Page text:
Pain management options for G-CSF-induced bone pain include acetaminophen (Tylenol, others), nonsteroidal anti-inflammatory drugs (NSAIDs), and opioids.5,7 Each of these options are appropriate treatments for cancer-related bone pain, according to the National Comprehensive Cancer Network (NCCN) guidelines.9 However, some patients do not obtain pain relief from NSAIDs and opiates. In those cases, physicians have prescribed antihistamines due to the proposed mechanism of action. There is limited reported use of antihistamines to treat G-CSF–induced bone pain; however, 2 drugs have shown promise in published literature.

A case report detailed the successful use of the second-generation antihistamine loratadine (Claritin) to treat G-CSF–induced bone pain that was resistant to NSAIDs.7 That report described a 67-year-old white female with a history of stage IV ovarian cancer who had been treated with neoadjuvant carboplatin plus paclitaxel, then debulking surgery, then adjuvant therapy with 5 more cycles of carboplatin plus paclitaxel. During the adjuvant chemotherapy phase, the patient developed neutropenia and required pegfilgrastim. She experienced severe pain (rated as 10 out of 10) that radiated down her legs and into her feet, which lasted approximately 10 days. Paclitaxel was not suspected to be the cause of the pain because the patient was previously treated with paclitaxel without a problem.

The patient had taken naproxen (400 mg tid) as first-line therapy and achieved no reduction in pain symptoms. She was then prescribed oxycodone (OxyContin, Roxicodone, others) (5-10 mg every 4-6 hours, as needed), which gave her minimal relief, and then hydromorphone (1-2 mg every 4-6 hours, as needed), which resulted in excessive sedation and confusion. Finally, she was prescribed loratadine (10 mg), which she was instructed to take the day before, the day of, and for 5 days after chemotherapy. With this therapy, she experienced no leg pain or myalgia. Loratadine use continued throughout the remainder of her treatment, which included a change in chemotherapy due to disease progression, without incidence of bone pain.7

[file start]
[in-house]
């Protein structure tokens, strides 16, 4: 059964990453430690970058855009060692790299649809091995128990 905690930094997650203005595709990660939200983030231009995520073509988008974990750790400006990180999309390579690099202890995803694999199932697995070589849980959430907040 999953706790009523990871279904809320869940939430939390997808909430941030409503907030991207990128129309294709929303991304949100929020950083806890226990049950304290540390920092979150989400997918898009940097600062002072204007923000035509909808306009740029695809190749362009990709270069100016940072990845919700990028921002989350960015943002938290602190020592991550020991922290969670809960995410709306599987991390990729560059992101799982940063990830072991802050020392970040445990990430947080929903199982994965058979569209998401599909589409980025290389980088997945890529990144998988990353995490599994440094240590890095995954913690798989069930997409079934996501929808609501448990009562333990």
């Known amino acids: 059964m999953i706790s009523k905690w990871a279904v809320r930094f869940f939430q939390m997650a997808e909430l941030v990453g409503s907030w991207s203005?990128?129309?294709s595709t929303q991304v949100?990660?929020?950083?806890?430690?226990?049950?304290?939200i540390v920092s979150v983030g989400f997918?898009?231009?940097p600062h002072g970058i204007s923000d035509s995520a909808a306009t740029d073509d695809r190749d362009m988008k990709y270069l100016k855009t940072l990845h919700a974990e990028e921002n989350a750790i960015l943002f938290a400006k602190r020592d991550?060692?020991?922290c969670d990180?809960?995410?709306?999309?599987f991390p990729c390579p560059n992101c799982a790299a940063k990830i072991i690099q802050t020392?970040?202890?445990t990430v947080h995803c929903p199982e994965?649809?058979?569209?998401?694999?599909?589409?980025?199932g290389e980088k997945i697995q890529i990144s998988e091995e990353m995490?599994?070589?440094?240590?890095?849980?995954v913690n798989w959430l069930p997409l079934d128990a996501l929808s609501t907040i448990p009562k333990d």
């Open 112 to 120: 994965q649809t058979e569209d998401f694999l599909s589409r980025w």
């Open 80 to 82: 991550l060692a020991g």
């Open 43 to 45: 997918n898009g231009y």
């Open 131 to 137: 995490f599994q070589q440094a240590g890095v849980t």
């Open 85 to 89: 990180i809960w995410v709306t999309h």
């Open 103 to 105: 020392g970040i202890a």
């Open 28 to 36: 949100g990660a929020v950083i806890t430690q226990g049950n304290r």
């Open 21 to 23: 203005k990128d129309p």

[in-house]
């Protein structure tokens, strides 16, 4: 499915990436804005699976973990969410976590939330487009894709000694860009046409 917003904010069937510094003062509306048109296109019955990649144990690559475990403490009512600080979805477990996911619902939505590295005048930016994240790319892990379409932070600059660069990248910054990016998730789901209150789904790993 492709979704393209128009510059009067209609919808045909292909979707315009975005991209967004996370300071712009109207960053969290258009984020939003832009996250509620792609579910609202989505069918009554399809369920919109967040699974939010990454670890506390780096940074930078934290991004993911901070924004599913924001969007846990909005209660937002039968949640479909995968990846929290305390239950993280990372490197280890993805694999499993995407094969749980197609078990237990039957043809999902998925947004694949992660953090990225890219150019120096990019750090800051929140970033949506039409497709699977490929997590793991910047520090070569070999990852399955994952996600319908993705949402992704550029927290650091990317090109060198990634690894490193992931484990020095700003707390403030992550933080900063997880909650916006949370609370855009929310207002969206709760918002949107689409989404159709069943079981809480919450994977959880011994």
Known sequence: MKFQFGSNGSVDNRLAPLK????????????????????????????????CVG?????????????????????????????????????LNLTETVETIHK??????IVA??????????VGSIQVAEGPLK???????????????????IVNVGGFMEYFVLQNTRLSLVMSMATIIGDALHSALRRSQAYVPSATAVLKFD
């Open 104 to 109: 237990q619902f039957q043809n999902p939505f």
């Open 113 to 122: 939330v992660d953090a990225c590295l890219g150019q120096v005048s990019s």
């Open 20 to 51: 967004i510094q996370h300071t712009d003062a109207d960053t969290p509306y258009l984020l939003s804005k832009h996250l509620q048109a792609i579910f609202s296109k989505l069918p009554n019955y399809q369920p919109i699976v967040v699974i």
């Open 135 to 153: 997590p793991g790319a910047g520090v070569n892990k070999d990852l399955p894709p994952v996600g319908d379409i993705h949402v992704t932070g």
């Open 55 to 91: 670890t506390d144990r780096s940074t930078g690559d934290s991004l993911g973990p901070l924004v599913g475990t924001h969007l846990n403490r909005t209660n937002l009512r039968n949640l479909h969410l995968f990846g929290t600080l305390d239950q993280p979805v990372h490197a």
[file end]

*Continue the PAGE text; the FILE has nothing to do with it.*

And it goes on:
These reports suggest the possibility that there may be another option for the prevention of G-CSF–induced bone pain. Loratadine, in particular, is inexpensive, is dosed once daily, and is a well-tolerated over-the-counter antihistamine. It is non-drowsy and considered safe in many patient populations. Its efficacy in preventing bone pain will require further investigation; however, these studies show there is potentially some benefit in patients who have not responded to NSAIDs.

Future Trials

10 The Phase II NOLAN trial, comparing naproxen and loratadine to reduce the incidence of bone pain in patients with breast cancer receiving pegfilgrastim, is scheduled to conclude November 2015.11 Lastly, a trial investigating loratadine use in the prevention of pegfilgrastim-induced bone pain is scheduled to be completed in August 2018.12

The results of these trials should provide stronger clinical evidence of whether loratadine is effective in the prevention of G-CSF–induced bone pain.

Last updated on: May 24, 2017